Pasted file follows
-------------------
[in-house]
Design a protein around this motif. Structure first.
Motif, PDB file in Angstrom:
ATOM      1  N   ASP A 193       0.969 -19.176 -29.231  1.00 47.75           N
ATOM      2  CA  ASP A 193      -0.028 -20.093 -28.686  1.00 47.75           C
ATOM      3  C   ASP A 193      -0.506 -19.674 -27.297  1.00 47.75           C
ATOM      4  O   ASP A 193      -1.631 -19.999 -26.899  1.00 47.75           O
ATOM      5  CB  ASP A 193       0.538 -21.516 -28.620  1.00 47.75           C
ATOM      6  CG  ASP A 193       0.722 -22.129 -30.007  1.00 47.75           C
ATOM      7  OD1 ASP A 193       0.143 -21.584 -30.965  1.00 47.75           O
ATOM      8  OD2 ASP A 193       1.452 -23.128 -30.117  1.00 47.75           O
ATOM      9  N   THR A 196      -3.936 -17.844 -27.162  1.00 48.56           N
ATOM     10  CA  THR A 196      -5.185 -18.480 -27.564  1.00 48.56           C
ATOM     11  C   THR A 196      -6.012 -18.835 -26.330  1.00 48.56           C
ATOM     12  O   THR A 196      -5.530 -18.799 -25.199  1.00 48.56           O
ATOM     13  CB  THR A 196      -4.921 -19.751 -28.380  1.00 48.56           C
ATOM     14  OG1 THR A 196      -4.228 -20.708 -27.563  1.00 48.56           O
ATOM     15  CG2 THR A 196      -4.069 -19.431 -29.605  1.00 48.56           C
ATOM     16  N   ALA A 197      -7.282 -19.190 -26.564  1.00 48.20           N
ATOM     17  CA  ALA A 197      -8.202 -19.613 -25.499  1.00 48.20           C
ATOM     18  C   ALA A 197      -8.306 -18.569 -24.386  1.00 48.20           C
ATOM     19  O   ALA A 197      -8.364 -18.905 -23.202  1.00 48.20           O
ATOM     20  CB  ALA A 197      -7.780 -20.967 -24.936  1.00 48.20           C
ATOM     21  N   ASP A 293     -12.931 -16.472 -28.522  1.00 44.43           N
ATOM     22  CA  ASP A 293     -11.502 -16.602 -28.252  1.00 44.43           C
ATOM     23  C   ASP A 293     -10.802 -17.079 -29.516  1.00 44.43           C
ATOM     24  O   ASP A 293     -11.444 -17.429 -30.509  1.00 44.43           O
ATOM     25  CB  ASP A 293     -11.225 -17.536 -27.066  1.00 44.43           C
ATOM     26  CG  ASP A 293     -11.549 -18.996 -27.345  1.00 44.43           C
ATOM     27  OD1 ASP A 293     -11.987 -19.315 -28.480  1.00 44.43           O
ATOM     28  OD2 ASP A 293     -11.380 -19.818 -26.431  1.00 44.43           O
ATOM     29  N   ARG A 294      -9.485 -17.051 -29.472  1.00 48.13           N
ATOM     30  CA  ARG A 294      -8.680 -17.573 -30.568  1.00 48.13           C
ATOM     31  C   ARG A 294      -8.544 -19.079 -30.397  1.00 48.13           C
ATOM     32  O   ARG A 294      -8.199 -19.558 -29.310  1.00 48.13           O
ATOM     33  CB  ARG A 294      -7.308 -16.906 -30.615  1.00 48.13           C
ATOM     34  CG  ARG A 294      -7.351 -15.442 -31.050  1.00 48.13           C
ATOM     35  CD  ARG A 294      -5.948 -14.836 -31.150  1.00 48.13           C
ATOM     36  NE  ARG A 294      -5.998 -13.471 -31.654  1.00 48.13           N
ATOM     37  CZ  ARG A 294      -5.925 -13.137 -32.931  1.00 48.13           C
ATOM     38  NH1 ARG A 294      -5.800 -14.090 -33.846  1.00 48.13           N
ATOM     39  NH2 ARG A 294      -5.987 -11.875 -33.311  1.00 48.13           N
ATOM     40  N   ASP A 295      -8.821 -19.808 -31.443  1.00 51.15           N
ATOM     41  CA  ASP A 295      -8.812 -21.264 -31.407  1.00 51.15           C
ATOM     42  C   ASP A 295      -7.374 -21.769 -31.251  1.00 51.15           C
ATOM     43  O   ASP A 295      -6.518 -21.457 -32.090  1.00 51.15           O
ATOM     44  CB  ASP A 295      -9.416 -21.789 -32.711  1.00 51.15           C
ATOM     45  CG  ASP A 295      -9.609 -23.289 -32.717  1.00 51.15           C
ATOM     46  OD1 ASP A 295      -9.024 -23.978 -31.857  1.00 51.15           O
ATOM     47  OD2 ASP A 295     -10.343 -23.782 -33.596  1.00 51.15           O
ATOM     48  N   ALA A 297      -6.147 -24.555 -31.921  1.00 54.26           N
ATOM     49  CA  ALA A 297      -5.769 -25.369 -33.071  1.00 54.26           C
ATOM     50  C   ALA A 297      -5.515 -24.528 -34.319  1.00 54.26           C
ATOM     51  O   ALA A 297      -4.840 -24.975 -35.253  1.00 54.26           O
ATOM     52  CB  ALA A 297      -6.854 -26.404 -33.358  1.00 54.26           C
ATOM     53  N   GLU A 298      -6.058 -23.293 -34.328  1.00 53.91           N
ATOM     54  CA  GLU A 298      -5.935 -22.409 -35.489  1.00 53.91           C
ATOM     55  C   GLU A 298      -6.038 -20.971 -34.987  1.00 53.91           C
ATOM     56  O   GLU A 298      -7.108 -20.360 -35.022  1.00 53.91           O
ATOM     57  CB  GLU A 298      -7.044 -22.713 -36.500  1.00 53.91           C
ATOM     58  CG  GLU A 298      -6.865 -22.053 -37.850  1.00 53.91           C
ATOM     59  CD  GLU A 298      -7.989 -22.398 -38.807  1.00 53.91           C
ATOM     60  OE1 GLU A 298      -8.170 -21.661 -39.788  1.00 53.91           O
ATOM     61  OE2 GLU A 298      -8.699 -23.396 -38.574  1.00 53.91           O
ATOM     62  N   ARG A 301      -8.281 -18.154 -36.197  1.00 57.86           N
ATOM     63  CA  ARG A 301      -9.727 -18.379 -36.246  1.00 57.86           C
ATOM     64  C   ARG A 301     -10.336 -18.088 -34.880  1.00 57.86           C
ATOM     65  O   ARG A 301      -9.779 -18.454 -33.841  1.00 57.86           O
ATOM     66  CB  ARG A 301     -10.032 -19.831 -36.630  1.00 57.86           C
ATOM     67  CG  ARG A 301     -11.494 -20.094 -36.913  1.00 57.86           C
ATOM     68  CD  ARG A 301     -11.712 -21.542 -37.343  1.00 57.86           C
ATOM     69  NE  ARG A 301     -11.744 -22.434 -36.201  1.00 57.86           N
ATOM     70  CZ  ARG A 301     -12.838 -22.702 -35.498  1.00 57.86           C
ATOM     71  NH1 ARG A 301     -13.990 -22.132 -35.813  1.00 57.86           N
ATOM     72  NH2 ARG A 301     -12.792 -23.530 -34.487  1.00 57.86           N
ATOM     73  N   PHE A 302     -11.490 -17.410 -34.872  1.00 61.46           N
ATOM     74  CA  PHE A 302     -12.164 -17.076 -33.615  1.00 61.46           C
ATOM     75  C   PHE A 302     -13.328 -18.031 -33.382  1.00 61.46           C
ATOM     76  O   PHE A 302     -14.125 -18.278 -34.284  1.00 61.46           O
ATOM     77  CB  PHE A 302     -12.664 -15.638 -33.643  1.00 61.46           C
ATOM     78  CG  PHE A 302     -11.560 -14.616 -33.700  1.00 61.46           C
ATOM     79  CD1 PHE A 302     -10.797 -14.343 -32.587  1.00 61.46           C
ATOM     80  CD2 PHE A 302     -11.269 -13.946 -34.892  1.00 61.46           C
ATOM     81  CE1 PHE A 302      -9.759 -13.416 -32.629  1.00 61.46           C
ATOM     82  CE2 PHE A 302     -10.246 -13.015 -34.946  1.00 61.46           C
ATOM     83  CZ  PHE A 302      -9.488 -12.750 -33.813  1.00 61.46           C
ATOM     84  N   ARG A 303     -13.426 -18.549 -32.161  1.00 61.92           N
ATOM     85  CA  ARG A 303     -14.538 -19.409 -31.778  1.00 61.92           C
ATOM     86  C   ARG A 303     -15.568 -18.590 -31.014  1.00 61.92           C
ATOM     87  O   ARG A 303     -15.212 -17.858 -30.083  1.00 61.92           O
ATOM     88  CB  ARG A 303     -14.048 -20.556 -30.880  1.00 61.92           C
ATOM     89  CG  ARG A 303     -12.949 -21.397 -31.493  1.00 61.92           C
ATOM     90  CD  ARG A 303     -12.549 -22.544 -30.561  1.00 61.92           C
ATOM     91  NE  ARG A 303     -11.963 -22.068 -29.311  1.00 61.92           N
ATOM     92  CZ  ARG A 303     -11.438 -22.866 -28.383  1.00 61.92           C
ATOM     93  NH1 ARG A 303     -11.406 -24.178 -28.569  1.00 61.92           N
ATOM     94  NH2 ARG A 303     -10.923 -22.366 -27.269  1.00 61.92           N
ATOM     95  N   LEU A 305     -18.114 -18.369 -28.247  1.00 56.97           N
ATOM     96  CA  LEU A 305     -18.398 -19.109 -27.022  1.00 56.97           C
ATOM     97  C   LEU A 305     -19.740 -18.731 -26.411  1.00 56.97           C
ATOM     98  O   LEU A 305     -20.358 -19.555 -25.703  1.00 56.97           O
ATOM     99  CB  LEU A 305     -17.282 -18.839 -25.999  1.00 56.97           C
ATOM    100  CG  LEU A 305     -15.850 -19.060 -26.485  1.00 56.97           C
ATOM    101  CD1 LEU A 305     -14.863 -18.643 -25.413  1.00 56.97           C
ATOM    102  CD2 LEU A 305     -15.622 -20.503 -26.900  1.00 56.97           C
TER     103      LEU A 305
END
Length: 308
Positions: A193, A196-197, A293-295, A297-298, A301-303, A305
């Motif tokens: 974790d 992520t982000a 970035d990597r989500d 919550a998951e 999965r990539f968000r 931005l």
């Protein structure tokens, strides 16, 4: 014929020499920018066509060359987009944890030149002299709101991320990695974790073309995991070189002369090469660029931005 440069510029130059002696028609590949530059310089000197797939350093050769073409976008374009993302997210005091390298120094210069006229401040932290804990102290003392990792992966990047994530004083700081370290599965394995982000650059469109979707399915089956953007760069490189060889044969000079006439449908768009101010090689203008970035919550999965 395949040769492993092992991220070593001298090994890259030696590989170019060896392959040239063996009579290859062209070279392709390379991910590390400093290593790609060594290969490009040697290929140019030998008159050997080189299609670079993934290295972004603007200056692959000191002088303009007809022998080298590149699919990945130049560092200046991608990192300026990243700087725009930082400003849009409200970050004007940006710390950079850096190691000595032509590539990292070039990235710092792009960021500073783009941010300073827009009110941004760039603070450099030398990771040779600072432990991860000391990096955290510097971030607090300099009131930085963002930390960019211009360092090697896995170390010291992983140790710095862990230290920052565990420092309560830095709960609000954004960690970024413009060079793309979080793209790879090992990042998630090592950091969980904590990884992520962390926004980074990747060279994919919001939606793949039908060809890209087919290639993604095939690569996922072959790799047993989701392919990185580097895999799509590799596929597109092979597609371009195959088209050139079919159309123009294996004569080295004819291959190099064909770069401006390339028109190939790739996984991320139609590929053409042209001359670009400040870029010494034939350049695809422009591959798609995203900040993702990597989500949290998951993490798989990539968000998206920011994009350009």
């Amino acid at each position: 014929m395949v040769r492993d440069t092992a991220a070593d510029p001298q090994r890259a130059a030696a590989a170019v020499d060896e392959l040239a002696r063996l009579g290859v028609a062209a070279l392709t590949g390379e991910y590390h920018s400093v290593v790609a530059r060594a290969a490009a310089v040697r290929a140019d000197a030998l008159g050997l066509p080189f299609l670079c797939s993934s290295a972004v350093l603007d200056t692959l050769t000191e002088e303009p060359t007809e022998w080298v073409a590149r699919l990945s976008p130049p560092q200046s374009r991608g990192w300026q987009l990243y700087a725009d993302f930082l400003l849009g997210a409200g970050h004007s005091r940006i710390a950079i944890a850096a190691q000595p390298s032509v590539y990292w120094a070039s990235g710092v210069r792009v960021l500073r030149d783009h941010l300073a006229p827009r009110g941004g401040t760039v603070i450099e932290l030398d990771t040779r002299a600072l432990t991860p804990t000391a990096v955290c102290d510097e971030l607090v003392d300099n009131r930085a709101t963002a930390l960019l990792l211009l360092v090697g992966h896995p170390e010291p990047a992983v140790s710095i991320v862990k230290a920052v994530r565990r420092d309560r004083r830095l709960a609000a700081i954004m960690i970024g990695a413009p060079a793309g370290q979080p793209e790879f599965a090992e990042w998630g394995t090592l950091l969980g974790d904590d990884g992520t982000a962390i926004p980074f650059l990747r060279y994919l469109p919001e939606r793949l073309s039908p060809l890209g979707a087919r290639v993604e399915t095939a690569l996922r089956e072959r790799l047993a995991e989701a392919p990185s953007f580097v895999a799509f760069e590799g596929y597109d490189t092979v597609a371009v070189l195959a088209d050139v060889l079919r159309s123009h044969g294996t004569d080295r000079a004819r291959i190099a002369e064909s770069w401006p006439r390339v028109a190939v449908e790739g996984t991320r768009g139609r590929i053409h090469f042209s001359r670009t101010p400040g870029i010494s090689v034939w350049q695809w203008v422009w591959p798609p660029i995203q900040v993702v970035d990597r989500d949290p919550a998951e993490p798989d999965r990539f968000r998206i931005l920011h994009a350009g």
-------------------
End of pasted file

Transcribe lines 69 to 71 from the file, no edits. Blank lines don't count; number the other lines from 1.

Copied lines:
ATOM     66  CB  ARG A 301     -10.032 -19.831 -36.630  1.00 57.86           C
ATOM     67  CG  ARG A 301     -11.494 -20.094 -36.913  1.00 57.86           C
ATOM     68  CD  ARG A 301     -11.712 -21.542 -37.343  1.00 57.86           C